Sunday, February 16, 2014

The Power of Words

Yesterday Larissa and I were shopping at Walmart. She was sitting in the front of the basket sitting on a big box.  A group of girls walked past and stared at Larissa.  One of those in your face stares that you really can't help but notice.  We get stares all the time and have talked about them at times when it has been so obvious.

Normally it is not a big deal.  Something was different this time.  Shortly after they walked past Larissa but her hat on her head and tried to hide her face in her lap.  It broke my heart to watch that reaction.

I went to her and asked her what was wrong.  She didn't answer.  I asked her if it was the girls that were staring at us.  She said yes.  I asked her why it made her hide herself.

Her response was they were staring because of her nose and she is ugly.  In spite of us telling her that Emma is just being mean and what she says is not true, Larissa has taken it to heart.

She has had black women come up to her and tell her that she has beautiful hair, that she has beautiful skin tone and that she is beautiful.  It doesn't happen as often as with Emma but it is heartfelt when they do.

I whispered to her that the girls didn't think she was ugly, that wasn't why they were staring.  She looked at me with doubt and I told her that those girls were wondering how that white mama had such a beautiful black child.  They were curious and confused, they didn't know about adoption like we do.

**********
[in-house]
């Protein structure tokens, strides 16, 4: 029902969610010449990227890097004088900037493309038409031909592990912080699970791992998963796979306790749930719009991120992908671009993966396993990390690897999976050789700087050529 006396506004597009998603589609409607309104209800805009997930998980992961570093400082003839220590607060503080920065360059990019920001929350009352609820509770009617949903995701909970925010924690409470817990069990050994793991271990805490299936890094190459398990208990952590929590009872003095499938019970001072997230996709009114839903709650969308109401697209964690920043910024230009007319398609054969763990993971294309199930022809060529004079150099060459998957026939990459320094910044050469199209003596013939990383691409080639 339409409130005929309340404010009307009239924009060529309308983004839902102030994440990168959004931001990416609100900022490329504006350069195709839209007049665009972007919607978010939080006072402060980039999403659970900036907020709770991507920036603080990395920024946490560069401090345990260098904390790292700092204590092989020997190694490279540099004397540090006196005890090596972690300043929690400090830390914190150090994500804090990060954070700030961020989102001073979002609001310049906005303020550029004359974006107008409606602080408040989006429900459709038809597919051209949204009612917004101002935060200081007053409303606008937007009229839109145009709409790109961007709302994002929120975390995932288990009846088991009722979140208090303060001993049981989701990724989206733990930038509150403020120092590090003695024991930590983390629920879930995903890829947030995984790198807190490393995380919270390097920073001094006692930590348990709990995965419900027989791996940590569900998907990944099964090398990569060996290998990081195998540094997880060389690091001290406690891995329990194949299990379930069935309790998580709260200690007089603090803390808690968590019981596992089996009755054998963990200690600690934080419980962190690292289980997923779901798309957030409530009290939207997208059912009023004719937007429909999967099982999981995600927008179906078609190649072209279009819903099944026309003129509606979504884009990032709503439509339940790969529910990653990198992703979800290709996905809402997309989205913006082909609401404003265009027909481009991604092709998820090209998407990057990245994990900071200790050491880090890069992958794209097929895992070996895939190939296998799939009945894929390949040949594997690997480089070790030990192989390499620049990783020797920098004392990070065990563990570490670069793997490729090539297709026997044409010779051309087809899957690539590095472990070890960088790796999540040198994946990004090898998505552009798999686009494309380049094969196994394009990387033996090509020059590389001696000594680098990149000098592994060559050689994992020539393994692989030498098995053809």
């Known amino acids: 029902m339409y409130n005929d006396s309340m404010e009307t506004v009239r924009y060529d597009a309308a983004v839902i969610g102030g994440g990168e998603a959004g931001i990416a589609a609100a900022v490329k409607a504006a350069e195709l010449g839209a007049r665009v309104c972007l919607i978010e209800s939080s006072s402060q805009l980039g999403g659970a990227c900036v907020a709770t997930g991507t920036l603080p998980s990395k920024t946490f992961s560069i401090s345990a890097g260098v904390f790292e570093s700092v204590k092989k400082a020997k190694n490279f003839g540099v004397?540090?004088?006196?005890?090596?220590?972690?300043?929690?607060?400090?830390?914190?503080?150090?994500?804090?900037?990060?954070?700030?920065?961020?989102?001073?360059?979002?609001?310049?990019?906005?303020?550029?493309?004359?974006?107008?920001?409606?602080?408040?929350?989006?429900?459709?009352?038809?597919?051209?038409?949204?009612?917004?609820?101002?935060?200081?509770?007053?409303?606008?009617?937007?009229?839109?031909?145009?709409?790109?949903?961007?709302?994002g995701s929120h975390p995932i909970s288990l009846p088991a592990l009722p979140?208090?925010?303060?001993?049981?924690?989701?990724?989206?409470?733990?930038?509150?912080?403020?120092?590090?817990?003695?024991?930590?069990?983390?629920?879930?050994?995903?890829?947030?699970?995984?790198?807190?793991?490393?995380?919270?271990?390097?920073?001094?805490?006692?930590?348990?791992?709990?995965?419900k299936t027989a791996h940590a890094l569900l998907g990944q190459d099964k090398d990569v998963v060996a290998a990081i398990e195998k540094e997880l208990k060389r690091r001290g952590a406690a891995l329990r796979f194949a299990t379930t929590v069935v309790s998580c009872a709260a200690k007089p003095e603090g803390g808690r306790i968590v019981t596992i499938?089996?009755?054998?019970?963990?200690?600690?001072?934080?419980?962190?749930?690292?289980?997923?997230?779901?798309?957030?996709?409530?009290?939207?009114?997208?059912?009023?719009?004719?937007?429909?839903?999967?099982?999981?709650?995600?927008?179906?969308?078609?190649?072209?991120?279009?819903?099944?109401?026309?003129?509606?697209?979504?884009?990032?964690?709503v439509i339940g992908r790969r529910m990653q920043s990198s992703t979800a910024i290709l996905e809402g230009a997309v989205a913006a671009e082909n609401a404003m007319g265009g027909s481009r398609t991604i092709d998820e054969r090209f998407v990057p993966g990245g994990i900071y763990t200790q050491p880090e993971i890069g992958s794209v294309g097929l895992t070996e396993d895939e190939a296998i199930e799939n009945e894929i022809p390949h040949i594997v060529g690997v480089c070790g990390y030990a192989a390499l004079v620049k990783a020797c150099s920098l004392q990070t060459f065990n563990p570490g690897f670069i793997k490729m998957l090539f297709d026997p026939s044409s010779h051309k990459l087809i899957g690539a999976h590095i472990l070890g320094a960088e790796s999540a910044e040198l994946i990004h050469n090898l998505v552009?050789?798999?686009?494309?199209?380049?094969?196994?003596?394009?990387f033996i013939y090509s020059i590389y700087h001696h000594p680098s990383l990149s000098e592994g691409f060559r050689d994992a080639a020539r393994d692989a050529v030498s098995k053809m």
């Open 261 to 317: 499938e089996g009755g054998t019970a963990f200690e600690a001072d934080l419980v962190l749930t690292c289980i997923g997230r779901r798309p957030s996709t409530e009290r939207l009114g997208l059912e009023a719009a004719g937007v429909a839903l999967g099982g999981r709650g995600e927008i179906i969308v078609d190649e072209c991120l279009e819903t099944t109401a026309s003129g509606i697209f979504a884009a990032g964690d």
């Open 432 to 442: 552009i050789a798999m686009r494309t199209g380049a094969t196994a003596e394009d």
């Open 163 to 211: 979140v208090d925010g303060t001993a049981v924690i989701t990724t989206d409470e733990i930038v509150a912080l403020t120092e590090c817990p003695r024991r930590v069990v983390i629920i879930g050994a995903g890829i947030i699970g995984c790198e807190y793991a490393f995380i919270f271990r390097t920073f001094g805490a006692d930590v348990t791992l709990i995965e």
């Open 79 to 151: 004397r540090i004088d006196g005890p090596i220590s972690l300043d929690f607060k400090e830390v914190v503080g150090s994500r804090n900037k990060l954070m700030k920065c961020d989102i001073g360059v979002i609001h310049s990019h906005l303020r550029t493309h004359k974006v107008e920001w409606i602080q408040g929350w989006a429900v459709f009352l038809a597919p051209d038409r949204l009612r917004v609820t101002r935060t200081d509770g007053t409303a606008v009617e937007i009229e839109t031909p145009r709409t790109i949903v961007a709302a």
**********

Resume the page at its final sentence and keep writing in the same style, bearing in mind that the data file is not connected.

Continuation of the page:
She must have believed me because after a bit she sat back up and took her hat off.  I was happy to see that.  It made me realize that we need to talk more about our unique family with the kids.  It also made me realize that Emma's words are taking root and I need to do something to stop the bullying in my house.


  1. Please tell Larissa that she is beautiful! She does have a beautiful skin tone and I love her hair I always wished for curls but my hair is straight as can be.

  2. Same thing I said yesterday. Larissa is your most beautiful child. Blue eyed blonds don't do it for me :) Especially ones who learn how to work it so young. Rick's daughter was like that.

  3. Tell Larissa that I think she is very beautiful inside and out. When she gets older the boys will be begging to to go out with her because she is so beautiful and they will ask her out on a date before they do Emma because she is so sweet and kind.
    My daughter is a Preschool teacher and has 19 (2 & 3 year olds). Her & my son inlaw are in the process of wanting to adopt after being married for 11 years and can't have children. Whey ask if they had a preference, they said NO. I told my daughter that no matter what color or race this child is; that I will be very proud to let people know that this is my beautiful Grandchild.
    We talk about how the mean things leave a mark, and even if you apologize, there will always be a mark left. It's a good concrete reminder for little ones that we can try to make things better, but once it is said it can't be unsaid. Good luck. Give Larissa a BIG BEAUTIFUL HUG FOR ME!